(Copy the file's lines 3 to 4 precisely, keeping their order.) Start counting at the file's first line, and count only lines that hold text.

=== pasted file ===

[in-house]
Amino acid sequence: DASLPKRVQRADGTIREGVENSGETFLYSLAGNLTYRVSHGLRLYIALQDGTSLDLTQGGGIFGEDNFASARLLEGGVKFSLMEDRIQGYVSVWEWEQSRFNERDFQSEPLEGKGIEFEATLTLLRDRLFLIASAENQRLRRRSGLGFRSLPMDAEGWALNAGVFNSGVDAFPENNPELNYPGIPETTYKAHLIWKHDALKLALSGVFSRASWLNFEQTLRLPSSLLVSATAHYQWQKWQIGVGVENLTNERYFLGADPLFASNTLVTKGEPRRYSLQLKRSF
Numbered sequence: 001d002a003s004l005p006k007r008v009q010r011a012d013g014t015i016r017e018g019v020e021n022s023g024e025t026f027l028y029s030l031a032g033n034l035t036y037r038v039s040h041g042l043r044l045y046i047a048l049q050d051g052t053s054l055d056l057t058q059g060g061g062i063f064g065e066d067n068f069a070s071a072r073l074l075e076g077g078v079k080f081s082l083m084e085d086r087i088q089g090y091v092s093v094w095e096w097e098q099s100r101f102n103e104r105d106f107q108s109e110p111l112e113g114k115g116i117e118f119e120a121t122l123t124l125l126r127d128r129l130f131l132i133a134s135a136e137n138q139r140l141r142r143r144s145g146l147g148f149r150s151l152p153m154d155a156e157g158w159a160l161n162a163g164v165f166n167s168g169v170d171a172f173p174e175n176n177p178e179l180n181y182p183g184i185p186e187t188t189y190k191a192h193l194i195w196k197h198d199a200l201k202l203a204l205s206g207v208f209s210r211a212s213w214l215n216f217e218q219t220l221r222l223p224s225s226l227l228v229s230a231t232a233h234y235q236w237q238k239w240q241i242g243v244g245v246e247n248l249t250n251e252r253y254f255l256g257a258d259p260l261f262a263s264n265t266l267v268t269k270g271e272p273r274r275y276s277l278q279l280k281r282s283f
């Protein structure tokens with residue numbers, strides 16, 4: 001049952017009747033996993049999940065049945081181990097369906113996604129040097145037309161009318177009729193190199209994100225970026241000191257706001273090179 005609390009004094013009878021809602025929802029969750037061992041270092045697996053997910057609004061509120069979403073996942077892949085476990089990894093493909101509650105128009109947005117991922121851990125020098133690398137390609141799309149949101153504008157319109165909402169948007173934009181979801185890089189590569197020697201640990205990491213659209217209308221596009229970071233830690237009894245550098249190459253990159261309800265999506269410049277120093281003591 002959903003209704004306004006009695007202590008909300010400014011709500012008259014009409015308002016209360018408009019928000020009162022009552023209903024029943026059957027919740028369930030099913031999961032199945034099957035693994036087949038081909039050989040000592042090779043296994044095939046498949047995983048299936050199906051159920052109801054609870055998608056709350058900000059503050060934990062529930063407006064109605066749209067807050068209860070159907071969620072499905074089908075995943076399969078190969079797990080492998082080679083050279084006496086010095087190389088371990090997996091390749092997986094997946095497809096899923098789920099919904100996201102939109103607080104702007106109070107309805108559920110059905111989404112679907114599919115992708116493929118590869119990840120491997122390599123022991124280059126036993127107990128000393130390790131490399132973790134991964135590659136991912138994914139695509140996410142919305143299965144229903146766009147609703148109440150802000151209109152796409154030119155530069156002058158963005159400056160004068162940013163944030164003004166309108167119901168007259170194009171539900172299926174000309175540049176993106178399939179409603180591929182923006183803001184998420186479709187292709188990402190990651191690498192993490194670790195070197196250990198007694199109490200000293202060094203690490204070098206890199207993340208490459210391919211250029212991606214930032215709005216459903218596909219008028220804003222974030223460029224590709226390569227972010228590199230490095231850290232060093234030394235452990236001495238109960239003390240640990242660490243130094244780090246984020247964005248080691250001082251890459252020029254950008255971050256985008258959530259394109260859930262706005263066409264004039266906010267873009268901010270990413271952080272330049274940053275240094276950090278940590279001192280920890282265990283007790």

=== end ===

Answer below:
Numbered sequence: 001d002a003s004l005p006k007r008v009q010r011a012d013g014t015i016r017e018g019v020e021n022s023g024e025t026f027l028y029s030l031a032g033n034l035t036y037r038v039s040h041g042l043r044l045y046i047a048l049q050d051g052t053s054l055d056l057t058q059g060g061g062i063f064g065e066d067n068f069a070s071a072r073l074l075e076g077g078v079k080f081s082l083m084e085d086r087i088q089g090y091v092s093v094w095e096w097e098q099s100r101f102n103e104r105d106f107q108s109e110p111l112e113g114k115g116i117e118f119e120a121t122l123t124l125l126r127d128r129l130f131l132i133a134s135a136e137n138q139r140l141r142r143r144s145g146l147g148f149r150s151l152p153m154d155a156e157g158w159a160l161n162a163g164v165f166n167s168g169v170d171a172f173p174e175n176n177p178e179l180n181y182p183g184i185p186e187t188t189y190k191a192h193l194i195w196k197h198d199a200l201k202l203a204l205s206g207v208f209s210r211a212s213w214l215n216f217e218q219t220l221r222l223p224s225s226l227l228v229s230a231t232a233h234y235q236w237q238k239w240q241i242g243v244g245v246e247n248l249t250n251e252r253y254f255l256g257a258d259p260l261f262a263s264n265t266l267v268t269k270g271e272p273r274r275y276s277l278q279l280k281r282s283f
């Protein structure tokens with residue numbers, strides 16, 4: 001049952017009747033996993049999940065049945081181990097369906113996604129040097145037309161009318177009729193190199209994100225970026241000191257706001273090179 005609390009004094013009878021809602025929802029969750037061992041270092045697996053997910057609004061509120069979403073996942077892949085476990089990894093493909101509650105128009109947005117991922121851990125020098133690398137390609141799309149949101153504008157319109165909402169948007173934009181979801185890089189590569197020697201640990205990491213659209217209308221596009229970071233830690237009894245550098249190459253990159261309800265999506269410049277120093281003591 002959903003209704004306004006009695007202590008909300010400014011709500012008259014009409015308002016209360018408009019928000020009162022009552023209903024029943026059957027919740028369930030099913031999961032199945034099957035693994036087949038081909039050989040000592042090779043296994044095939046498949047995983048299936050199906051159920052109801054609870055998608056709350058900000059503050060934990062529930063407006064109605066749209067807050068209860070159907071969620072499905074089908075995943076399969078190969079797990080492998082080679083050279084006496086010095087190389088371990090997996091390749092997986094997946095497809096899923098789920099919904100996201102939109103607080104702007106109070107309805108559920110059905111989404112679907114599919115992708116493929118590869119990840120491997122390599123022991124280059126036993127107990128000393130390790131490399132973790134991964135590659136991912138994914139695509140996410142919305143299965144229903146766009147609703148109440150802000151209109152796409154030119155530069156002058158963005159400056160004068162940013163944030164003004166309108167119901168007259170194009171539900172299926174000309175540049176993106178399939179409603180591929182923006183803001184998420186479709187292709188990402190990651191690498192993490194670790195070197196250990198007694199109490200000293202060094203690490204070098206890199207993340208490459210391919211250029212991606214930032215709005216459903218596909219008028220804003222974030223460029224590709226390569227972010228590199230490095231850290232060093234030394235452990236001495238109960239003390240640990242660490243130094244780090246984020247964005248080691250001082251890459252020029254950008255971050256985008258959530259394109260859930262706005263066409264004039266906010267873009268901010270990413271952080272330049274940053275240094276950090278940590279001192280920890282265990283007790």